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The Linux “Grinch” Vulnerability: Separating Fact From FUD

by Jen Andre Dec 18, 2014 9:20:00 AM

linux-grinch

Image courtesy of Natalia Wilson via Creative Commons

Recently, a security firm reported what they claimed to be a flaw with a major impact on organizations running Linux. (And apparently since all the rage these days is to give bugs code names, they pre-seeded the market with this timely one: “grinch”).  

Linux software bugs have been huge this year, leaving administrators reeling to patch themselves from Shellshock, Heartbleed, POODLE, etc. With claims that this vulnerability could have an impact similar to Shellshock, I really wanted to dive into what the “grinch” bug means in order to separate the fact from the FUD.

 

Privilege escalation without credentials - By design

In their report, the firm claimed a major flaw with the PolicyKit framework in Linux. The claim was that because software leveraging this framework did not require credentials in many cases, it could lead to ‘privilege escalation’ by a malicious party with valid credentials on a system.

Think of PolicyKit as a modern-day version of setuid, or an alternative to ‘sudo nopasswd’. It is a framework that is designed to allow applications running under normal accounts to execute actions with root or administrator privileges. The idea is to improve the user experience on a desktop Linux installation (e.g., if a user needs to mount a drive, print a file, etc., they should not need to switch to administrator credentials).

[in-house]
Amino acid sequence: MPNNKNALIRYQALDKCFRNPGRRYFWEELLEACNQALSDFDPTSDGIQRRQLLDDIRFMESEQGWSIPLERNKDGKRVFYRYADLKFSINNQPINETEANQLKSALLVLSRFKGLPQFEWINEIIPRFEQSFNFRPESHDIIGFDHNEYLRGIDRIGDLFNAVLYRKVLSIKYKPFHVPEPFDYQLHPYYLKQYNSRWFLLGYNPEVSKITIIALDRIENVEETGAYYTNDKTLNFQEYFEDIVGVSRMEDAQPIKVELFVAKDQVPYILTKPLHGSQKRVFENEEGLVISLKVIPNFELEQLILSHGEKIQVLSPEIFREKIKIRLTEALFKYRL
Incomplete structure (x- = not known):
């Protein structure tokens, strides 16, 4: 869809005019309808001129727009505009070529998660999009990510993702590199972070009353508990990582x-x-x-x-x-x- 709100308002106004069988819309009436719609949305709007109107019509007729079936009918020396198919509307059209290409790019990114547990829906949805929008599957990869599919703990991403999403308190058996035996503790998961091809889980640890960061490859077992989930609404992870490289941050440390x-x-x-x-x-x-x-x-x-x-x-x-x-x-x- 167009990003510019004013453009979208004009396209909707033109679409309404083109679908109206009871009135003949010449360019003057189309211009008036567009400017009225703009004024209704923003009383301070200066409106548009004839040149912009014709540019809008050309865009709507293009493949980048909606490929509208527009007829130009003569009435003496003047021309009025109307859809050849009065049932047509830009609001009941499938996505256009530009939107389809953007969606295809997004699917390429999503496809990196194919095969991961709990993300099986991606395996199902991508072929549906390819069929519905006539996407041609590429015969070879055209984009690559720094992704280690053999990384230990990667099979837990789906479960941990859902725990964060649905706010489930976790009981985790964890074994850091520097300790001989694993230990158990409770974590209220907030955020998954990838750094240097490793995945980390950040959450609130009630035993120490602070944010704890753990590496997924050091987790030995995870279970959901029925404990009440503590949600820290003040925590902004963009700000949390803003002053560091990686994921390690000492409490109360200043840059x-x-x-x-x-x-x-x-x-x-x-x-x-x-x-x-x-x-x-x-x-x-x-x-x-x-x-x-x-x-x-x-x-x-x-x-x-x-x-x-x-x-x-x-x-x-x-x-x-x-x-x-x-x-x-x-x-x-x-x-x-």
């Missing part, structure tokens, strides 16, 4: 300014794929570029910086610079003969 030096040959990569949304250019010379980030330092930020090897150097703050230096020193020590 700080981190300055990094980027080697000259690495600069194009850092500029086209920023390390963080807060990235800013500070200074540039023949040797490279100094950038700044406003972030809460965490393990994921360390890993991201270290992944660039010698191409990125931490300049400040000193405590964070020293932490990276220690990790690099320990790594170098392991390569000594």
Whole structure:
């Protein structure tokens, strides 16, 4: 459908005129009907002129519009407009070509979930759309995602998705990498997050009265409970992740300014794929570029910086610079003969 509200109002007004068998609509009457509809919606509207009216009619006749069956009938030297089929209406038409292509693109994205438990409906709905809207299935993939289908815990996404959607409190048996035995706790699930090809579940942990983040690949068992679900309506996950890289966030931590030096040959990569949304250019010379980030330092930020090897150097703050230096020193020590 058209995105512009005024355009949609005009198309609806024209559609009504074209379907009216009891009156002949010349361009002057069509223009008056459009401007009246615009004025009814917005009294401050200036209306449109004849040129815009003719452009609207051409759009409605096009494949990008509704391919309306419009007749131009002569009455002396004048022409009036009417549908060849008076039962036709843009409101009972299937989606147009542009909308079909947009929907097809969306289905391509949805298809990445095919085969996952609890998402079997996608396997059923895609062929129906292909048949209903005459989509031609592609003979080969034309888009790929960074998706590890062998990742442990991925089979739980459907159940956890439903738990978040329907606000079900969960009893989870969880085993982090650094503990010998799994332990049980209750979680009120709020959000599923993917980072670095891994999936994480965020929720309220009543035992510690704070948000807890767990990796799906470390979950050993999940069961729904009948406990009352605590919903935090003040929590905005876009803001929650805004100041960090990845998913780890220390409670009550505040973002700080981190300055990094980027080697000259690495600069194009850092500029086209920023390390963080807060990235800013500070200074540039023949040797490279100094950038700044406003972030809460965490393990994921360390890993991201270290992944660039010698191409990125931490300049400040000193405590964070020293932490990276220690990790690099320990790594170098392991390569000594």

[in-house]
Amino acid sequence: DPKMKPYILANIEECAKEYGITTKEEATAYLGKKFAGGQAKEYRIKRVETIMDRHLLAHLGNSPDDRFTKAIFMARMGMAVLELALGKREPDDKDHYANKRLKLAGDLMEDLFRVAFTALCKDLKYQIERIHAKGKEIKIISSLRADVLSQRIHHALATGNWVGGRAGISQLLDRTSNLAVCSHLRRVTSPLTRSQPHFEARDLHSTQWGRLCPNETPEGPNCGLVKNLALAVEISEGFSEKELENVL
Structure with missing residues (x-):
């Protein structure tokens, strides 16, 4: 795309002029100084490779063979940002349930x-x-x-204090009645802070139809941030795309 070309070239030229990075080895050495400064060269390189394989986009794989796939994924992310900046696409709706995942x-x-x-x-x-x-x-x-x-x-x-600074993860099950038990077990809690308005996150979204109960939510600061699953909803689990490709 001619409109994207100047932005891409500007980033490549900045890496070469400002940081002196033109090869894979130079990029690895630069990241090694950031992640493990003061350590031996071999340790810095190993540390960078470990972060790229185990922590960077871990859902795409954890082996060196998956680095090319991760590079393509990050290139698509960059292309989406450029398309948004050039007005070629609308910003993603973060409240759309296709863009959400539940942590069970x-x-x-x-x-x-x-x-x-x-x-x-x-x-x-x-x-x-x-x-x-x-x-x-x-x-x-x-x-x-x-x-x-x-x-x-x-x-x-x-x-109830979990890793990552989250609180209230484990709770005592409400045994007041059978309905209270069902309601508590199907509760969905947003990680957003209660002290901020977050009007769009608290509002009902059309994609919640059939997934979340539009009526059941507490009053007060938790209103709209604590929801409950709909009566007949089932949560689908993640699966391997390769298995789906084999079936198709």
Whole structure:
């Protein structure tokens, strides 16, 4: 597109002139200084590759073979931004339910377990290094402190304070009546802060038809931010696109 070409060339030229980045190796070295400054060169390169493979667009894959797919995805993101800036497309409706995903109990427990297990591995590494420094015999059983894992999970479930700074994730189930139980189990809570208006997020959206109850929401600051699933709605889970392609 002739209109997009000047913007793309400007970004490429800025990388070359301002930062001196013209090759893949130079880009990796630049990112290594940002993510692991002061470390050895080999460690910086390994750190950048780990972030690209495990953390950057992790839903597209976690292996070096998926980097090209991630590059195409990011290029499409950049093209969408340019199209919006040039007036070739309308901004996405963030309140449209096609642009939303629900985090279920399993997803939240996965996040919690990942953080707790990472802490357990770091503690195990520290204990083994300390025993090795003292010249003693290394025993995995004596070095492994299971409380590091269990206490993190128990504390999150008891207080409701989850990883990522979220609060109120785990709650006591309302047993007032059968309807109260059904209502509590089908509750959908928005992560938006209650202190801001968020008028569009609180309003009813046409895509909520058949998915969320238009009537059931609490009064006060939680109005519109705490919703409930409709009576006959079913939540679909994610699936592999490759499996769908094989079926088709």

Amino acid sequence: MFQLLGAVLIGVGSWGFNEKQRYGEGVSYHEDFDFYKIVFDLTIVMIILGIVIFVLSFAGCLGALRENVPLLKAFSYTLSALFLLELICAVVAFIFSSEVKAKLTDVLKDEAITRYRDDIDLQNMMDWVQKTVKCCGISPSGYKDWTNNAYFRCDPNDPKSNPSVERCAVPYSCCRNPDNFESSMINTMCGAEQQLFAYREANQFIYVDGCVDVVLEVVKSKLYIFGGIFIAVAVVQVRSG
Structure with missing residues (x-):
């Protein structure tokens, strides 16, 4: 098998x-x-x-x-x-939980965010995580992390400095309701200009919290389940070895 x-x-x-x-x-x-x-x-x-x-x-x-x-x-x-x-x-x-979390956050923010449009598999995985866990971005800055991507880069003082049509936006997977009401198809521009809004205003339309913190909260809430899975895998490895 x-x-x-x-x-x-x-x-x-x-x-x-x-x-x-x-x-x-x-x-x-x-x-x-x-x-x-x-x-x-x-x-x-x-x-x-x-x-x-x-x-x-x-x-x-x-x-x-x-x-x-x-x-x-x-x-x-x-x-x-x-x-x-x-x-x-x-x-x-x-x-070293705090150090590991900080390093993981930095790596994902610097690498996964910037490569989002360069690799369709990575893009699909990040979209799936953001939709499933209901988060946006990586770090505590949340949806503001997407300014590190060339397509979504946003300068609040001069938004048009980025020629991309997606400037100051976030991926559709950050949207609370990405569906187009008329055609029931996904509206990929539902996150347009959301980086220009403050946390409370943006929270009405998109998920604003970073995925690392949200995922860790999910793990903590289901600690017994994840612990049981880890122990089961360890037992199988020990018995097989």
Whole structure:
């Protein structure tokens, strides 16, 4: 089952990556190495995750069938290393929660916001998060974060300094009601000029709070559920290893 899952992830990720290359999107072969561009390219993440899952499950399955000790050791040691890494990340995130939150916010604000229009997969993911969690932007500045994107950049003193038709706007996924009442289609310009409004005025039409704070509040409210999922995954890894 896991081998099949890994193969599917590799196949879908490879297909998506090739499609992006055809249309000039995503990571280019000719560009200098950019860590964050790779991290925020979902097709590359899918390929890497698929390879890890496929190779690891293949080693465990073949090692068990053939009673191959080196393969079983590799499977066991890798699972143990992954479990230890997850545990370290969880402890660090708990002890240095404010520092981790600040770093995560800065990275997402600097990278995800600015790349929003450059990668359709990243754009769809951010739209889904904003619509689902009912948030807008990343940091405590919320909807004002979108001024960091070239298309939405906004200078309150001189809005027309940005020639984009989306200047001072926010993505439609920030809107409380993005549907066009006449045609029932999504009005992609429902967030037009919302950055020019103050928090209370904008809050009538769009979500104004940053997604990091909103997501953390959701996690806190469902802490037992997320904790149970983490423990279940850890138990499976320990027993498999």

In many cases, by design, it is recommended not to require authentication for such actions.  

 

From the PolicyKit documentation:

“It is not wise to require console users to authenticate for such mundane tasks as adding a printer queue (if the administrator really wants the OS to act this way, he can always deploy suitable authorization rules).”

 

In the ‘exploit’ example provided by this security firm, they reference a tool (pkcon) that is used to wrap package installation and makes use of PolicyKit to avoid prompting a user for credentials. The argument here is that if a user’s credentials were stolen and the package management repository contained some malicious package, pkcon could be used to install that software with no confirmation required by the user.   

While this is true, this is also by design. If you are trusting users to install any software on your system without a password by using software that leverages PolicyKit, you are inherently bypassing the authentication and access control built into Linux.  Red Hat confirmed this.

 

“Grinch” isn’t a Linux Kernel flaw, it’s an application issue

Contrary to what has been reported, this isn’t a core Linux kernel issue. It’s definitely a userland issue that is created by applications that use a framework specifically designed to circumvent authentication and access control mechanisms built into Linux.   

Now, you can argue as to whether or not the access control design limitations in Linux drove application developers to frameworks like PolicyKit to improve the user experience, but it’s important to accurately scope this bug and its potential fixes.